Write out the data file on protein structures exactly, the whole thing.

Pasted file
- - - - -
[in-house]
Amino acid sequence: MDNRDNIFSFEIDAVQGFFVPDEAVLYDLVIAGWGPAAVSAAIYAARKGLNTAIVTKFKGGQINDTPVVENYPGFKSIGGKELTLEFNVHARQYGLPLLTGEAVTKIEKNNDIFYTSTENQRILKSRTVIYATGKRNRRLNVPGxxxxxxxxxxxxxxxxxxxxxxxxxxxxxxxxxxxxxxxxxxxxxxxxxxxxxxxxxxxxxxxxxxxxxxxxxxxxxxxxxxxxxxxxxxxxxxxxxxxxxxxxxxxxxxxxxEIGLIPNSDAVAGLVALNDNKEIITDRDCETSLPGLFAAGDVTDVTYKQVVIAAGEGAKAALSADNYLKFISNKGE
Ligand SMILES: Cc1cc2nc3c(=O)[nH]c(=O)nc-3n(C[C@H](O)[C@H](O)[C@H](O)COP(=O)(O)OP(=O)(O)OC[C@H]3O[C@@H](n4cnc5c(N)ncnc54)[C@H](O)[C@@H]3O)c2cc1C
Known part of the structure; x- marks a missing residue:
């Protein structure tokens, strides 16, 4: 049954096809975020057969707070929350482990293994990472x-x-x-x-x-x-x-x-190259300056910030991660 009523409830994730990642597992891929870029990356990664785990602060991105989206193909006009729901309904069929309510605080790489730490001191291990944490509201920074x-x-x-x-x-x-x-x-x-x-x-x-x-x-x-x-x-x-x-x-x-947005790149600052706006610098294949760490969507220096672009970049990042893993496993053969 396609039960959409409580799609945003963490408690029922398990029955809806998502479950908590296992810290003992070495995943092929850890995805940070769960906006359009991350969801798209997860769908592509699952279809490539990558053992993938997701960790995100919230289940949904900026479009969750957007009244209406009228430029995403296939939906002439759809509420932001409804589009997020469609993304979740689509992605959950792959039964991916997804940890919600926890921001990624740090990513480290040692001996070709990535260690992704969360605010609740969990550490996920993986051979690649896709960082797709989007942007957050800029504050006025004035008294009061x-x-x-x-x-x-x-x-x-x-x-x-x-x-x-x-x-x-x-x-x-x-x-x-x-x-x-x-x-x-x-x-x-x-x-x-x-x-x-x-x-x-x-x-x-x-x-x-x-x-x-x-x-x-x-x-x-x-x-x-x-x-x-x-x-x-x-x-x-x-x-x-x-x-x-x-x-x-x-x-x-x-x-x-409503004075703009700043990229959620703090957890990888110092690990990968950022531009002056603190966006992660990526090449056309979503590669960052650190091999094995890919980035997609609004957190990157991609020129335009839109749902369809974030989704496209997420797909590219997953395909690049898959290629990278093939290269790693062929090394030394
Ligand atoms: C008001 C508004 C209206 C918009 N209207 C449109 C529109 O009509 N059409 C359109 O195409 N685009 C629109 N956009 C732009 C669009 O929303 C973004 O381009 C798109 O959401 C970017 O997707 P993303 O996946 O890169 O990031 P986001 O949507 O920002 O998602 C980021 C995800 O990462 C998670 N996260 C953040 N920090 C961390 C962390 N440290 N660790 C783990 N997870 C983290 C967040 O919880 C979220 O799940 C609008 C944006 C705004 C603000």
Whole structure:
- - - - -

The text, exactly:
[in-house]
Amino acid sequence: MDNRDNIFSFEIDAVQGFFVPDEAVLYDLVIAGWGPAAVSAAIYAARKGLNTAIVTKFKGGQINDTPVVENYPGFKSIGGKELTLEFNVHARQYGLPLLTGEAVTKIEKNNDIFYTSTENQRILKSRTVIYATGKRNRRLNVPGxxxxxxxxxxxxxxxxxxxxxxxxxxxxxxxxxxxxxxxxxxxxxxxxxxxxxxxxxxxxxxxxxxxxxxxxxxxxxxxxxxxxxxxxxxxxxxxxxxxxxxxxxxxxxxxxxEIGLIPNSDAVAGLVALNDNKEIITDRDCETSLPGLFAAGDVTDVTYKQVVIAAGEGAKAALSADNYLKFISNKGE
Ligand SMILES: Cc1cc2nc3c(=O)[nH]c(=O)nc-3n(C[C@H](O)[C@H](O)[C@H](O)COP(=O)(O)OP(=O)(O)OC[C@H]3O[C@@H](n4cnc5c(N)ncnc54)[C@H](O)[C@@H]3O)c2cc1C
Known part of the structure; x- marks a missing residue:
């Protein structure tokens, strides 16, 4: 049954096809975020057969707070929350482990293994990472x-x-x-x-x-x-x-x-190259300056910030991660 009523409830994730990642597992891929870029990356990664785990602060991105989206193909006009729901309904069929309510605080790489730490001191291990944490509201920074x-x-x-x-x-x-x-x-x-x-x-x-x-x-x-x-x-x-x-x-x-947005790149600052706006610098294949760490969507220096672009970049990042893993496993053969 396609039960959409409580799609945003963490408690029922398990029955809806998502479950908590296992810290003992070495995943092929850890995805940070769960906006359009991350969801798209997860769908592509699952279809490539990558053992993938997701960790995100919230289940949904900026479009969750957007009244209406009228430029995403296939939906002439759809509420932001409804589009997020469609993304979740689509992605959950792959039964991916997804940890919600926890921001990624740090990513480290040692001996070709990535260690992704969360605010609740969990550490996920993986051979690649896709960082797709989007942007957050800029504050006025004035008294009061x-x-x-x-x-x-x-x-x-x-x-x-x-x-x-x-x-x-x-x-x-x-x-x-x-x-x-x-x-x-x-x-x-x-x-x-x-x-x-x-x-x-x-x-x-x-x-x-x-x-x-x-x-x-x-x-x-x-x-x-x-x-x-x-x-x-x-x-x-x-x-x-x-x-x-x-x-x-x-x-x-x-x-x-409503004075703009700043990229959620703090957890990888110092690990990968950022531009002056603190966006992660990526090449056309979503590669960052650190091999094995890919980035997609609004957190990157991609020129335009839109749902369809974030989704496209997420797909590219997953395909690049898959290629990278093939290269790693062929090394030394
Ligand atoms: C008001 C508004 C209206 C918009 N209207 C449109 C529109 O009509 N059409 C359109 O195409 N685009 C629109 N956009 C732009 C669009 O929303 C973004 O381009 C798109 O959401 C970017 O997707 P993303 O996946 O890169 O990031 P986001 O949507 O920002 O998602 C980021 C995800 O990462 C998670 N996260 C953040 N920090 C961390 C962390 N440290 N660790 C783990 N997870 C983290 C967040 O919880 C979220 O799940 C609008 C944006 C705004 C603000």
Whole structure: